Pigment Dispersion by Light in the Melanophores of the Fiddler Crab

  • Thomas P. Coohill
Part of the NATO Conference Series book series (NATOCS, volume 7)


Adaptive color changes in animals have been the subject of a large number of investigations. One genus that has been extensively studied is the fiddler crab, Uca (Fingerman, 1968). The effects of light, temperature, and hormones on the chromatophores of this animal have been successfully described and analyzed. However, incident radiation can elicit chromatophore responses in Uca in two ways (Brown and Sandeen, 1948). One is the direct action of light on the chromatophores (primary response). The other effect (secondary response) is an indirect one caused by light entering the eyes of the animal and ultimately resulting in secretion of neurohormones that affect the crab’s chromatophores. Background responses of Uca are typical secondary responses (Brown and Hines 1952).


Primary Response Secondary Response Fiddler Crab Pigment Dispersion Background Response 
These keywords were added by machine and not by the authors. This process is experimental and the keywords may be updated as the learning algorithm improves.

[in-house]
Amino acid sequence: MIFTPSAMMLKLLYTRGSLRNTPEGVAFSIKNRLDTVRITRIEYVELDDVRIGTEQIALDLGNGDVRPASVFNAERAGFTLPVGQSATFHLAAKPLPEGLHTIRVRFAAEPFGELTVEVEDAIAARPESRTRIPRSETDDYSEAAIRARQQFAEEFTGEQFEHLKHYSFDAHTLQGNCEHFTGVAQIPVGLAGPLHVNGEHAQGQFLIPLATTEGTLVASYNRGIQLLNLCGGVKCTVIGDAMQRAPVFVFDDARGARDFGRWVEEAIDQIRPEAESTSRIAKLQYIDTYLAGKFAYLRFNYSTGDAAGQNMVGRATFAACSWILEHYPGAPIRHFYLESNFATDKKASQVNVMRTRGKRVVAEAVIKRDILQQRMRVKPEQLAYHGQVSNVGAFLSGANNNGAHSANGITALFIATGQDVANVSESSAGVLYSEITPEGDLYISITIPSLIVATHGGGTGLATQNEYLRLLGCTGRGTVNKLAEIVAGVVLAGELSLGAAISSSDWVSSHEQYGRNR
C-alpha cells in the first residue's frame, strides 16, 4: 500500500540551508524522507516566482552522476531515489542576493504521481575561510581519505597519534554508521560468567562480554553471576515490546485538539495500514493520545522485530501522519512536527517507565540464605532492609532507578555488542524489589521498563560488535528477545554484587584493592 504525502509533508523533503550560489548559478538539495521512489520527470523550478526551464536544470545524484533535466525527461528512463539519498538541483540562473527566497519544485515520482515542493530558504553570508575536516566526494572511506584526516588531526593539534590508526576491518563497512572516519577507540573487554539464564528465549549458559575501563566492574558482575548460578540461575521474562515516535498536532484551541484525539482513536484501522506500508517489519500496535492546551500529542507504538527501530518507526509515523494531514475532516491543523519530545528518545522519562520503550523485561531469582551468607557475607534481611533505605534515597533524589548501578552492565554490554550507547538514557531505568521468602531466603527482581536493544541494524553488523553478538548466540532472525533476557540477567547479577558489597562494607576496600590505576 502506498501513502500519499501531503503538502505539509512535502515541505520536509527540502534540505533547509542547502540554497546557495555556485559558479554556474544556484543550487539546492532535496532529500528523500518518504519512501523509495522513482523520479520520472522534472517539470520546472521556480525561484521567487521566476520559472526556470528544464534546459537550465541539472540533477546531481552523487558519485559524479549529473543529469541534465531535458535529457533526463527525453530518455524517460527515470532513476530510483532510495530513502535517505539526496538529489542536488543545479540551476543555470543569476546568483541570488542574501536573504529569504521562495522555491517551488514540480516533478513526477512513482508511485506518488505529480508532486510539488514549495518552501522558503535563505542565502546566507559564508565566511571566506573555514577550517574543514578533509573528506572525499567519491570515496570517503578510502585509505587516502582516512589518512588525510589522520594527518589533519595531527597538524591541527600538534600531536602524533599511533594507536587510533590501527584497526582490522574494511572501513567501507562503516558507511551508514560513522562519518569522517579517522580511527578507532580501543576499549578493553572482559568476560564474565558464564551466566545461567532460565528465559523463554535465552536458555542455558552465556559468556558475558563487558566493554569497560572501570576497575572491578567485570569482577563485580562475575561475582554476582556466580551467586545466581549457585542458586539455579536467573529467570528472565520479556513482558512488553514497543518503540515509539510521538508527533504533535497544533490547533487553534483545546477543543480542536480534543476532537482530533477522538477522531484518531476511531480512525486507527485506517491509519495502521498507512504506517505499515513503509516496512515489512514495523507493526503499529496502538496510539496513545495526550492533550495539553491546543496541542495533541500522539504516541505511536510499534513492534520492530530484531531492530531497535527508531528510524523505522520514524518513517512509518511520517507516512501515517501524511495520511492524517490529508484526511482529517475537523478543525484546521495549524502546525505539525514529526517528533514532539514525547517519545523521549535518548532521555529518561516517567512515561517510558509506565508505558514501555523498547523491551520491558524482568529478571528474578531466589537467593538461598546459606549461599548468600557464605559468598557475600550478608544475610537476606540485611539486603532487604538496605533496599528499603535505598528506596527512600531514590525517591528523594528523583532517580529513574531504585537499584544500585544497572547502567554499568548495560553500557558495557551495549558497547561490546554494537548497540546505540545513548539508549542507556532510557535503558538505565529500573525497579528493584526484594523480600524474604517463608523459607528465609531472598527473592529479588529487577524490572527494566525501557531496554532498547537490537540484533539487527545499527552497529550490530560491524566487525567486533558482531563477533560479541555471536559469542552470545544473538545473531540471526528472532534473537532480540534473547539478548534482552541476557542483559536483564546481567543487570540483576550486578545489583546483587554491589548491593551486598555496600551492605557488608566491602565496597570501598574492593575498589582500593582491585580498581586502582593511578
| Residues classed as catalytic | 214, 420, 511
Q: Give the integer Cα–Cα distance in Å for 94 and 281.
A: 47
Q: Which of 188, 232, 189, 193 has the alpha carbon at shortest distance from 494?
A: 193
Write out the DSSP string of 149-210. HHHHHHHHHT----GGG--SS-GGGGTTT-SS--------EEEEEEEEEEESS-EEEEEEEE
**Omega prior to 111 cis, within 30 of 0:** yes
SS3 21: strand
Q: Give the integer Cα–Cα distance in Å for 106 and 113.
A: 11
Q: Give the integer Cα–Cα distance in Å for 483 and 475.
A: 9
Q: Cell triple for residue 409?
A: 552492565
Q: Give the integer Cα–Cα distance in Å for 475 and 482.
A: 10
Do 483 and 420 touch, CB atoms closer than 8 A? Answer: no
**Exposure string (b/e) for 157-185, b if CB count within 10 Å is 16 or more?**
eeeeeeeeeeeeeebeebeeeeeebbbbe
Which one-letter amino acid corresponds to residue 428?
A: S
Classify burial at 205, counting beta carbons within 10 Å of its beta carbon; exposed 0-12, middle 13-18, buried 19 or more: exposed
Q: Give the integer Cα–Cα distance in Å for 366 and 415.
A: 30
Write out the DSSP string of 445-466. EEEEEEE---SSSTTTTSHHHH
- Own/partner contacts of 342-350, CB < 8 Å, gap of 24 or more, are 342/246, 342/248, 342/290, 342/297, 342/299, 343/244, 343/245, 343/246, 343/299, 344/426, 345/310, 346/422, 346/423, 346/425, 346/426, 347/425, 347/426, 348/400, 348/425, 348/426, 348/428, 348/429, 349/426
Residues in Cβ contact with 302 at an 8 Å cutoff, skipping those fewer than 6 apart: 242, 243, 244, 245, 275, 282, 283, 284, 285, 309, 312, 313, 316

Unable to display preview. Download preview PDF.

Unable to display preview. Download preview PDF.


  1. Brown, F. A. and M. I. Sandeen. 1948. Responses of the chromatophores of the fiddler crab, Uca, to light and temperatures. Physiol. Zool. 21: 361–371.Google Scholar
  2. Brown, F. A. and M. N. Hines. 1952. Modifications in the diurnal pigmentary rhythm of Uca affected by continuous illumination. Physiol. Zool. 25: 56–70.Google Scholar
  3. Coohill, T.P., C. K. Bartell and M. Fingerman. 1970. Relative effectiveness of UV and visible light in eliciting pigment dispersion directly in melanophores of the fiddler crab, Uca pugilator. Physiol. Zool. 43: 232–239.Google Scholar
  4. Coohill, T. F. and M. Fingerman. 1975. Relative effec- tiveness of UV and visible light in eliciting pigment dispersion in melanophores of the fiddler crab, Uca pugilator, through the secondary response. Physiol. Zool. 48:57–63.Google Scholar
  5. Coohill, T. P. and M. Fingerman. 1976. Comparison of the effects of illumination on the melanophores of intact and eyestalkless fiddler crabs, Uca pugilator, and inhibition of the primary response of cytochalasin B. Experientia 15: 569–570.CrossRefGoogle Scholar
  6. Fingerman, M. 1968. Crustacean color changes with emphasis on the fiddler crab. Scientia 53 Google Scholar
  7. Koller, L.R. 1965. Ultraviolet Radiation. Wiley, New York.Google Scholar
  8. Van der Lek, B. 1967. Photosensitive melanophores. Bronder-Offset, Rotterdam.Google Scholar

Copyright information

© Plenum Press, New York 1982

Authors and Affiliations

  • Thomas P. Coohill
    • 1
  1. 1.Biophysics ProgramWestern Kentucky UniversityBowling GreenUSA

Personalised recommendations